“Plus there’s a problem with people already listening to music before visiting your site as well as people visiting your site from public places where they won’t appreciate the sound.”

Flash intros

“You want your visitors to perform a desired action on your site (typically, leave their email address, buy a product, contact you, etc.) You should do everything you can to remove barriers from the path towards this and facilitate this desired action. A flash intro or splash page is one more barrier. We should work towards removing these barriers not putting them up.”

You can do it

You can communicate with clients to build them a website they are happy with that meet your usability standards. I’ve honestly hardly ever had the “clients from hell” that everyone talks about.

Realise that this is a new industry and half our job is one of education and communication.

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Comments

  1. says

    I hear what you are saying here Rob and completely agree with you, for me one of the best things about being a web designing business owner, you are free to pick and choose who you work with!

    There are many clients who we have both faced and explained the error in their ways with there sometimes “crazy” mindsets and they have taken our advice. Sometimes I have had to request they find another web design company because you know what the road ahead will be like.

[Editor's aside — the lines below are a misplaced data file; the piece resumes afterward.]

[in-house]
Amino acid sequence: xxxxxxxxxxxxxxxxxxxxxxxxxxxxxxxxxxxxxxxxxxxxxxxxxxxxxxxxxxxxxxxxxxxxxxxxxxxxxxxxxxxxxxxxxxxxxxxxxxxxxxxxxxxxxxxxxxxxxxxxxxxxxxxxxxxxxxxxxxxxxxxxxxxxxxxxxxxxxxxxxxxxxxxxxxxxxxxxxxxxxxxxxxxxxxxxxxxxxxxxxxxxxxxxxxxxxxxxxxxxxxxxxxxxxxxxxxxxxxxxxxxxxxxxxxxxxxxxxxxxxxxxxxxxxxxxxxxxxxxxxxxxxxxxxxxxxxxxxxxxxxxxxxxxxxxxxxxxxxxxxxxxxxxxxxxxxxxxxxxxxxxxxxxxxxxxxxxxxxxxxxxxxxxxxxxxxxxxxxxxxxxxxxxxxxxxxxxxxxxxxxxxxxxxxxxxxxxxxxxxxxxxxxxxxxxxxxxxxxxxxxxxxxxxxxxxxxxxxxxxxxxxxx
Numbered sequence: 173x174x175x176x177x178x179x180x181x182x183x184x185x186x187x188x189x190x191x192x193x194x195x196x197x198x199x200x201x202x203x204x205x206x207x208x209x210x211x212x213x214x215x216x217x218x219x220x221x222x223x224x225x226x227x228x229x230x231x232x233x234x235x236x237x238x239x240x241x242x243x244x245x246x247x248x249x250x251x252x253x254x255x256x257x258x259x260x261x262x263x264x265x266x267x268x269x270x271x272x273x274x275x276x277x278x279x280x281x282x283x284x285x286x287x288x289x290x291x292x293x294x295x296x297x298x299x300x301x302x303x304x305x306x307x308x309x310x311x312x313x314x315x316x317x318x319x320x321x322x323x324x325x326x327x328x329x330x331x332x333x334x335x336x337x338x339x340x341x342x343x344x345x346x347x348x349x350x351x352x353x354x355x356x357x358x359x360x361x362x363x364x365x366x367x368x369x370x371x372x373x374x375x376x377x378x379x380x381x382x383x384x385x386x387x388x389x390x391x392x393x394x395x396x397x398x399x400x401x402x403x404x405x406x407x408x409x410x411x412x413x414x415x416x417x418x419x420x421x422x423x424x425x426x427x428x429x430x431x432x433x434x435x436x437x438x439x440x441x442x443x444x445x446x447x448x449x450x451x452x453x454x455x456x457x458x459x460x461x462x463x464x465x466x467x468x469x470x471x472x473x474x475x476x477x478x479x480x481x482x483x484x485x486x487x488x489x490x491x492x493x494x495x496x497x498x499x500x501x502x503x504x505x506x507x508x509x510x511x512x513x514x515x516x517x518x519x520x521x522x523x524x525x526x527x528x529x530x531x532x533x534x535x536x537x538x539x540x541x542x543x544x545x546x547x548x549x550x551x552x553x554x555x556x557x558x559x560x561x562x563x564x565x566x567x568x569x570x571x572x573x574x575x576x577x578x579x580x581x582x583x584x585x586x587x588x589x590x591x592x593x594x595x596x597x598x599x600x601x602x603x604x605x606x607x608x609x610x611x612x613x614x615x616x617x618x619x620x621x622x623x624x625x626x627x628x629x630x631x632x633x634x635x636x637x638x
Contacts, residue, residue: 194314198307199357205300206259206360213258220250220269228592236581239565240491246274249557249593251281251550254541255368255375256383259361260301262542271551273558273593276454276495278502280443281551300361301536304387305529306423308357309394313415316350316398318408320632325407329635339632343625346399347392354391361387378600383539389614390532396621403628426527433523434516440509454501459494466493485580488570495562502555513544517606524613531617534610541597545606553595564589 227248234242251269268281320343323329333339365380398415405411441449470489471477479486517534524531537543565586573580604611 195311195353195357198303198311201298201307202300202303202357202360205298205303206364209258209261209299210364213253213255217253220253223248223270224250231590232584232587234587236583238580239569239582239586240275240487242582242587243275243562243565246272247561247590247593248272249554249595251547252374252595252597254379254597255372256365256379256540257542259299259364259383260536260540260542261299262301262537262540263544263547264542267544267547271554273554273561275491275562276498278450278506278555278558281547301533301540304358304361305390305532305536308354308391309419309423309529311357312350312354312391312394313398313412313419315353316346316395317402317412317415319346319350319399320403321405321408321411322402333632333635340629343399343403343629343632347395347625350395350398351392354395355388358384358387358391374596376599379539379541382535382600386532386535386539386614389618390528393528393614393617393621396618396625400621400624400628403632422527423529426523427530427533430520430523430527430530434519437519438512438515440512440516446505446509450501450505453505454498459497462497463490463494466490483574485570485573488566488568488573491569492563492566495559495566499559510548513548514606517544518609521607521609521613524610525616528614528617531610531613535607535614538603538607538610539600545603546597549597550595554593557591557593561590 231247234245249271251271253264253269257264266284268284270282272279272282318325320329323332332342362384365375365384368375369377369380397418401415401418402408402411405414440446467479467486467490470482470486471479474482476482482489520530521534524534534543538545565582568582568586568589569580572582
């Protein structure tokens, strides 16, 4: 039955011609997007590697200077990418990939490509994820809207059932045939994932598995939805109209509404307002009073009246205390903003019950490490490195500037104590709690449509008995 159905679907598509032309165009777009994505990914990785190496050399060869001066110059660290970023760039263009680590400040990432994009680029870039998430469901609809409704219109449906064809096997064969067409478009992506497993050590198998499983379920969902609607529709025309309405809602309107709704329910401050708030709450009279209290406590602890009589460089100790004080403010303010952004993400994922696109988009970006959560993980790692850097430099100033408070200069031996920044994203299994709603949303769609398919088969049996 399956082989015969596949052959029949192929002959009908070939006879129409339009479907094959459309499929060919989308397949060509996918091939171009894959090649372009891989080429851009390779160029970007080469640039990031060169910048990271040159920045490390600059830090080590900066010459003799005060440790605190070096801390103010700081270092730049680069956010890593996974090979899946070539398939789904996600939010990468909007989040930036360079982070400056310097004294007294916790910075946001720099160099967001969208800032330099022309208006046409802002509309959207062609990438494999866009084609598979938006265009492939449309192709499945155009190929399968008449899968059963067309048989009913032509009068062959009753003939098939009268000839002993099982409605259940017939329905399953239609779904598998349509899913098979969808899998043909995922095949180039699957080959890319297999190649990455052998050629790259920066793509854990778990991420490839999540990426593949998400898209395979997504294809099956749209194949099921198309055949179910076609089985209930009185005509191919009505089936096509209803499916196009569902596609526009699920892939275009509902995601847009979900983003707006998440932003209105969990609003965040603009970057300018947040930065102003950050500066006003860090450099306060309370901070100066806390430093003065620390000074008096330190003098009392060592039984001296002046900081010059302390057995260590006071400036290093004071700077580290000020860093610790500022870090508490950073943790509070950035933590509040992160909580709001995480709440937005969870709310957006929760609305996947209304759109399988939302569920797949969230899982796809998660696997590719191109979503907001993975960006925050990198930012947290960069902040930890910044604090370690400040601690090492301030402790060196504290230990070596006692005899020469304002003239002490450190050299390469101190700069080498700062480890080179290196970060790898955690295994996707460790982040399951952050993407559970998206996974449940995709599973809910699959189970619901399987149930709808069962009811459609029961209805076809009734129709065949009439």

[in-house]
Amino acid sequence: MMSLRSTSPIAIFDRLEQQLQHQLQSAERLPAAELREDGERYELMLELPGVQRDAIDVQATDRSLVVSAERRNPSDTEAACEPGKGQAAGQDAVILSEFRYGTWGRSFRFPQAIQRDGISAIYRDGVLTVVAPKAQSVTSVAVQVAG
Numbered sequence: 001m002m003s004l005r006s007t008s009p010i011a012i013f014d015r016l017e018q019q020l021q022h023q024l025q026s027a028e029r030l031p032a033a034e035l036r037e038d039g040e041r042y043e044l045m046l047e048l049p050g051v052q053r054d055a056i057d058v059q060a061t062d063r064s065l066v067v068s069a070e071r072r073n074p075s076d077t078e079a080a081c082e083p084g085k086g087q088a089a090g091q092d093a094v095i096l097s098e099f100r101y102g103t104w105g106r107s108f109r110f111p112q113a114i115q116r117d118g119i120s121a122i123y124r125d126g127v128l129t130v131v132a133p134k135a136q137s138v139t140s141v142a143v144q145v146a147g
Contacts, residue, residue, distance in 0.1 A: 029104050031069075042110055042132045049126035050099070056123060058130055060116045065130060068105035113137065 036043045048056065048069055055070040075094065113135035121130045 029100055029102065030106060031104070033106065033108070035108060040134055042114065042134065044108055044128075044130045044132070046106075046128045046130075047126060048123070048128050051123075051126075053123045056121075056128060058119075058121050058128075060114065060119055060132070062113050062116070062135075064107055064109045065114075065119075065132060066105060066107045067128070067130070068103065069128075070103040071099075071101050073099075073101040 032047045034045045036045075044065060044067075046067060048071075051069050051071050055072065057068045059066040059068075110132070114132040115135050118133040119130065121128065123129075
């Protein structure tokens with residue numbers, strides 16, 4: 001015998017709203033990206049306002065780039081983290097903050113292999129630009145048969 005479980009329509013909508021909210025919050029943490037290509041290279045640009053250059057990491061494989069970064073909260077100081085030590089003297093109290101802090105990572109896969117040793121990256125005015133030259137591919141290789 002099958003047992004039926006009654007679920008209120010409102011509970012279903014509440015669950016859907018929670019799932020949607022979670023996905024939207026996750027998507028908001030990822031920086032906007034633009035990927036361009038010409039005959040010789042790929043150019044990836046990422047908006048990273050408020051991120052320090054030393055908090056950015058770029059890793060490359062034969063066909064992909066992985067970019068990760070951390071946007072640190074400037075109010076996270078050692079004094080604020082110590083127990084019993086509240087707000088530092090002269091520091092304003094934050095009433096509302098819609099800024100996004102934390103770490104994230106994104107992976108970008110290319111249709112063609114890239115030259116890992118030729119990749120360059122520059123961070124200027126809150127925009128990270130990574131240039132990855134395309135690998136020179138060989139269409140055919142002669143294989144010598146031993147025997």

• says

      Very true, Del, I’ve always advocated choosing your clients wisely and not just going for any old client that gets in touch. It’ll help you in the long run. Hope you’re well.

      • says

        I’m well cheers, Hope your just as good :)

        I remembered when I started out I would take on any client even though you knew you would be working twice as hard for half the money, but I was just so excited to get a client. I think most web designers go through this period!

        I had one the other day who had some really crazy design requests that I would certainly not put in my portfolio, there was a bit of tennis regarding what he was after so in the end I just doubled the cost of the job £3200. He cheekily asked if I could do it for £300! (and he was certain I would fold and accept it)! He was wrong in so many ways!!!

        • says

          Good on ya, Del! £3200, I love it! Exactly, every designer when starting out takes on the nightmare clients because they’re just so stoked to be starting out. We’ve all been there. Good to know we’ve all progressed as well. :)

  2. says

    Ha ha, love the joke. “Clients from Hell” is a hoot, but depressingly it probably tells us there are just as many of designers from hell.

    The industry may need a “Clients from Heaven” site where all can share what worked rather than what did not.

    At least your doing your bit. Helpful stuff Rob, thanks

    • says

      Haha, but I don’t think “Clients from Heaven” would get nearly the traffic, that’s the sad truth! I think you’re right, there probably are designers from hell, as well! Thanks for your comment as always, David.